“I think everyone who was out there was harmed in one way or another,” Benton said in the book. “There is trauma when you have to leave your family and go in a place like that, and then there is more trauma once you are in there, cut off from your family. Then comes the abuse and the aftermath of that abuse for the rest of your life.”

It also features an account of the fear some children felt while staying at the institution.

“Our minds were molded to think as the dorm matrons wanted us to think, to remind us that even the simplest of acts could result in a beating,” Linda Prather D’Agostino, resident of the home from 1965 to 1974, said in the book.

Matthews said one dorm mother reported a conversation with a dean of the home who ordered her to beat a child every day in front of the other children to keep them in line. The dorm mother refused and was fired. Having recorded the conversation, the woman filed for wrongful termination, and in turn, the dean was fired from his position.

Matthews said the stories show how the state could allow the abuse to happen. She said some officials even referred to the children in the Waco State Home as inmates.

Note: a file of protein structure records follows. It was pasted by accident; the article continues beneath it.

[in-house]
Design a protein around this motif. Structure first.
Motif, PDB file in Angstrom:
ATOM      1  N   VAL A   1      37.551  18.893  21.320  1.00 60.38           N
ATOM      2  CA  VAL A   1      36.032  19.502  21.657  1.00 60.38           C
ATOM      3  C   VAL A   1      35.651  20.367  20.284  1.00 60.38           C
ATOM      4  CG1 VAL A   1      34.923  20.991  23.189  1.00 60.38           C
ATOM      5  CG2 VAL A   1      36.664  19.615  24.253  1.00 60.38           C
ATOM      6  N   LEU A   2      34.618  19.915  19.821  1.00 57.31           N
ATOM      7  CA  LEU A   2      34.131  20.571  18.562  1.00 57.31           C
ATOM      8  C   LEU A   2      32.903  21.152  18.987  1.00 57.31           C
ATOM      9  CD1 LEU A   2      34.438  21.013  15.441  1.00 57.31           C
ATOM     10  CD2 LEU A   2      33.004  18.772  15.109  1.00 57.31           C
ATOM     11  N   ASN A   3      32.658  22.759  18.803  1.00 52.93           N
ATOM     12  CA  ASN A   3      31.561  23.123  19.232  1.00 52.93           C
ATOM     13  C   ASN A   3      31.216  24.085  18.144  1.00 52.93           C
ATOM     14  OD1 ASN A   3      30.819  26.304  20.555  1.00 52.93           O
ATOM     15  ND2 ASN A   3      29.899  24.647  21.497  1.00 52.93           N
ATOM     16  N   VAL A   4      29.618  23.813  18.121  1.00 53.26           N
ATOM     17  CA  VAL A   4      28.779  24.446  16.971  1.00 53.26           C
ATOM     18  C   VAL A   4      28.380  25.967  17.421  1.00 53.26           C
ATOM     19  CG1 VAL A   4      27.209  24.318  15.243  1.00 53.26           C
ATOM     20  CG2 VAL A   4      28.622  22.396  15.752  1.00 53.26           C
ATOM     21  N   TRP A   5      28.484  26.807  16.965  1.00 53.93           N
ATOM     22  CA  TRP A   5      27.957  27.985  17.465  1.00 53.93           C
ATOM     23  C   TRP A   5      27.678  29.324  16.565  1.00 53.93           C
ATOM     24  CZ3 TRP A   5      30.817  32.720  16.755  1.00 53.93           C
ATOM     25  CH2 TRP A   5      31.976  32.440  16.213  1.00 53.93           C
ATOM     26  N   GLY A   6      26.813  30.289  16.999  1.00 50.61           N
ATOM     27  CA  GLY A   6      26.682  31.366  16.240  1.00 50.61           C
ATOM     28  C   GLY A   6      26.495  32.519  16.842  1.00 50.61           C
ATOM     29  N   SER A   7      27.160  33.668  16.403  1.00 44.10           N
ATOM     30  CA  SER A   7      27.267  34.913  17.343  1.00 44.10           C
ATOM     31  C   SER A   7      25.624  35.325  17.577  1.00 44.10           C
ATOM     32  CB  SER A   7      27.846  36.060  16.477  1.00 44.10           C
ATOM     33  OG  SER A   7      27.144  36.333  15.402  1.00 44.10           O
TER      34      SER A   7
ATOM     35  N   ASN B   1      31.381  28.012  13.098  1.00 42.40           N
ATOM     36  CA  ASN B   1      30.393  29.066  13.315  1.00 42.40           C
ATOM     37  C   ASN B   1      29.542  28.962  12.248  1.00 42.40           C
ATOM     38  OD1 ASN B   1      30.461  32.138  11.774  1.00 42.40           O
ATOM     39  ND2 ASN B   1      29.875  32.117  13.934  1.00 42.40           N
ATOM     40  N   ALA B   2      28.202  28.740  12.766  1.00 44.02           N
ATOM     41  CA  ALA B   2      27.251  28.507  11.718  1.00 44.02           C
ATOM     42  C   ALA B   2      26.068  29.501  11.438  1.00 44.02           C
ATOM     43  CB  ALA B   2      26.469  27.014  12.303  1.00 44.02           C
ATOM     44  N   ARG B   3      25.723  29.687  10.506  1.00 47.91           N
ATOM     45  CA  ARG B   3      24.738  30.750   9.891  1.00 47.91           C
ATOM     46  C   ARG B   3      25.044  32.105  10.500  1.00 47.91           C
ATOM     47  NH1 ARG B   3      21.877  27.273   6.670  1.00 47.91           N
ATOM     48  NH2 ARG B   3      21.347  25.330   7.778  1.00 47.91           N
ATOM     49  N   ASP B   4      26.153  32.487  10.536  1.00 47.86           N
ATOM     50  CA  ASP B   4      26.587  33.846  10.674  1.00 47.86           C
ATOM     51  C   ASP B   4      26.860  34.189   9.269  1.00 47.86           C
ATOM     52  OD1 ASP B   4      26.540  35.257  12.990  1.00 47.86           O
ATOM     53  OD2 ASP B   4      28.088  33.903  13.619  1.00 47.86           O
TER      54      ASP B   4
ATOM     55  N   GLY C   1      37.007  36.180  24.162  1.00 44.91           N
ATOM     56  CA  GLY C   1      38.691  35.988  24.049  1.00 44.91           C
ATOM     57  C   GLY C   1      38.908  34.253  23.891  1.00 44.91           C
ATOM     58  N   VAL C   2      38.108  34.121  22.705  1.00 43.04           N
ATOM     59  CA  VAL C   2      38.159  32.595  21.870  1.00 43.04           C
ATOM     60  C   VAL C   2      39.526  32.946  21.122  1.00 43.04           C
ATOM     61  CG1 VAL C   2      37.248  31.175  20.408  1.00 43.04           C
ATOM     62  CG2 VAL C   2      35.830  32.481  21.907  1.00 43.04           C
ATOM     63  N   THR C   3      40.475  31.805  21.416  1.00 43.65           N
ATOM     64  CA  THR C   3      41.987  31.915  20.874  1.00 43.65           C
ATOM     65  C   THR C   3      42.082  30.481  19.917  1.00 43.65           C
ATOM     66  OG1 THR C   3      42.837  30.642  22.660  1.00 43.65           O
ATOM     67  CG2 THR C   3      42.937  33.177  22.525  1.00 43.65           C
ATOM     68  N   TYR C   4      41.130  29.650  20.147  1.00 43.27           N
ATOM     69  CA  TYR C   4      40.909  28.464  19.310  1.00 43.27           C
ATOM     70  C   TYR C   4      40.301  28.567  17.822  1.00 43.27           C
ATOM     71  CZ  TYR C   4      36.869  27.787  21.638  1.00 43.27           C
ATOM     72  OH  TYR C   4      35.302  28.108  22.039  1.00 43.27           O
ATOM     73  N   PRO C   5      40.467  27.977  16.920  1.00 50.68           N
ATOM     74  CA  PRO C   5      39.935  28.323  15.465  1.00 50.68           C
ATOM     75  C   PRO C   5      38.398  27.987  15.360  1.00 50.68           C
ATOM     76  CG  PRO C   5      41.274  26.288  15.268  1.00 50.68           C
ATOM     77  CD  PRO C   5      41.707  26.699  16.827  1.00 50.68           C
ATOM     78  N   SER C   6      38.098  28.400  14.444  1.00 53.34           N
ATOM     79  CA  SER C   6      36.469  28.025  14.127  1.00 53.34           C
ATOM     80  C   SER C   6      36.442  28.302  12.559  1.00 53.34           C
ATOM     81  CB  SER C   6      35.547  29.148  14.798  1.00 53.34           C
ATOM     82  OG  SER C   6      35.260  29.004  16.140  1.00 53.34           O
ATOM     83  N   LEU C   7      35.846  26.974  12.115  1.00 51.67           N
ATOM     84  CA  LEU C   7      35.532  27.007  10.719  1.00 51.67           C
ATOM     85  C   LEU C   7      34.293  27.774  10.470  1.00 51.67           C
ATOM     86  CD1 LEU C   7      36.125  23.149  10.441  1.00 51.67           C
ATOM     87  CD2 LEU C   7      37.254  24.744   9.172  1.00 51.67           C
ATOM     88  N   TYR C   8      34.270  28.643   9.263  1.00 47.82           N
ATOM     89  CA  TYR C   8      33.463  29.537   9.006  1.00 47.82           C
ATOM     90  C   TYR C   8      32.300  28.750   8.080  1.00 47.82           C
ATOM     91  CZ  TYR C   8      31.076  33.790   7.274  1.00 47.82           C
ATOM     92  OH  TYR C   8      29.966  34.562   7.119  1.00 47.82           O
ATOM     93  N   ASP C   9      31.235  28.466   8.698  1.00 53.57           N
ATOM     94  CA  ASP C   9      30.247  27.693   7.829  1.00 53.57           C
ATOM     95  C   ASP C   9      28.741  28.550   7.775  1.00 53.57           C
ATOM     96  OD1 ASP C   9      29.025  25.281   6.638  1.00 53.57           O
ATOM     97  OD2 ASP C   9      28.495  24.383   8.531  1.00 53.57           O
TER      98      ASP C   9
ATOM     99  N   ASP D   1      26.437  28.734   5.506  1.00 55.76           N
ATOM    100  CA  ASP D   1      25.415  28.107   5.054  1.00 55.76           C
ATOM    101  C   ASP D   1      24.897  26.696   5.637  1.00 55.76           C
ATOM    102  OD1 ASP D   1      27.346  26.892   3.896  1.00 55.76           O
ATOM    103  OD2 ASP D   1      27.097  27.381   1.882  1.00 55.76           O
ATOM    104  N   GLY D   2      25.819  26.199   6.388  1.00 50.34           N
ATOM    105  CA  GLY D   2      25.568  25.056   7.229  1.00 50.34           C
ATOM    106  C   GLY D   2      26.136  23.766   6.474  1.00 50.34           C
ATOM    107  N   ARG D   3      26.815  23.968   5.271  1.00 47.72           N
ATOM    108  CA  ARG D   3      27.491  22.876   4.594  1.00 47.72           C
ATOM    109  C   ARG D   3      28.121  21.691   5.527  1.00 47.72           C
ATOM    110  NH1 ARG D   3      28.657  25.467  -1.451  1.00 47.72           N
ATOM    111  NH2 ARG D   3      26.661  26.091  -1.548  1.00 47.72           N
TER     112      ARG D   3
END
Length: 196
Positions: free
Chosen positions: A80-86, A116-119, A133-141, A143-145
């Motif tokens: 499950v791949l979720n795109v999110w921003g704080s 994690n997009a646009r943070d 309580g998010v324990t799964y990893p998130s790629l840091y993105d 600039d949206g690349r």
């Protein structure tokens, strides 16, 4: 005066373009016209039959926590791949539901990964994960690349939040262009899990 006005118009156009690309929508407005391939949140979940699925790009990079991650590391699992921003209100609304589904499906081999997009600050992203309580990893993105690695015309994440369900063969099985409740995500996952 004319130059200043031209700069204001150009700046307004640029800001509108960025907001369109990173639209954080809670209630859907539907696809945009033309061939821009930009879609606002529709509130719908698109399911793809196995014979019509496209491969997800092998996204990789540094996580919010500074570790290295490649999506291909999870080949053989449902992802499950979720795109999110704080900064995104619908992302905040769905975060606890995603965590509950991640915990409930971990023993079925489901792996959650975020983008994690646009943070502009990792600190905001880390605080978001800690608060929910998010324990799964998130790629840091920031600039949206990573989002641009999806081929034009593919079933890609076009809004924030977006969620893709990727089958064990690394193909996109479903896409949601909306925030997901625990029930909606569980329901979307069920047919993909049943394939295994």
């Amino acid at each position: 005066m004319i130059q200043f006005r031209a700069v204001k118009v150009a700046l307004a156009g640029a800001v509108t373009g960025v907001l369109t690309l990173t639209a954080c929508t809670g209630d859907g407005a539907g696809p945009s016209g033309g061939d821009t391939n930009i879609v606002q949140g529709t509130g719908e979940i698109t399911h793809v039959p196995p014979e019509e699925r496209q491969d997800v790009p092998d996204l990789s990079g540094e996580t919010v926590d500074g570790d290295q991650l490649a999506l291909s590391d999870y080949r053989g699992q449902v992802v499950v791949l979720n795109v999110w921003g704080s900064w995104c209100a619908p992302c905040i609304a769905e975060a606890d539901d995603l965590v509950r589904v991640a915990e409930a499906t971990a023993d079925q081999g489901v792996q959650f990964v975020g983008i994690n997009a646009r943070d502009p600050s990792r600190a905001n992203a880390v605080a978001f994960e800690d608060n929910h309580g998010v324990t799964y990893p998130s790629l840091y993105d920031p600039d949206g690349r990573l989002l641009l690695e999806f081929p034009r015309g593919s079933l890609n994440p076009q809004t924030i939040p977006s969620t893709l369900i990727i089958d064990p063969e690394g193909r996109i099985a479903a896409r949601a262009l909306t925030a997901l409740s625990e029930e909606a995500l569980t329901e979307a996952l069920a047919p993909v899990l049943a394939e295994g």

“They hadn’t committed any crimes,” Matthews said. “These were just children whose families could no longer take care of them. It’s an important piece of history and shows how we treat children, the most vulnerable children.”

Not all the stories in the book are bad. Some former inhabitants recall fond memories and depict the home as a shelter where they received compassion, food, a sense of family and a haven that kept them off the street.

Fernando “Freddy” Reyes lived at the Waco State Home from 1964 to 1972.

“My view is that everything went well for me at the Home,” Reyes said in the book. “We were pretty well sheltered from the troubles outside.”

Matthews said the large difference between the children’s experiences likely stemmed from the luck of the draw. She said other factors, such as a child’s personality, may have also played a role in how much abuse a child was subjected to at the home.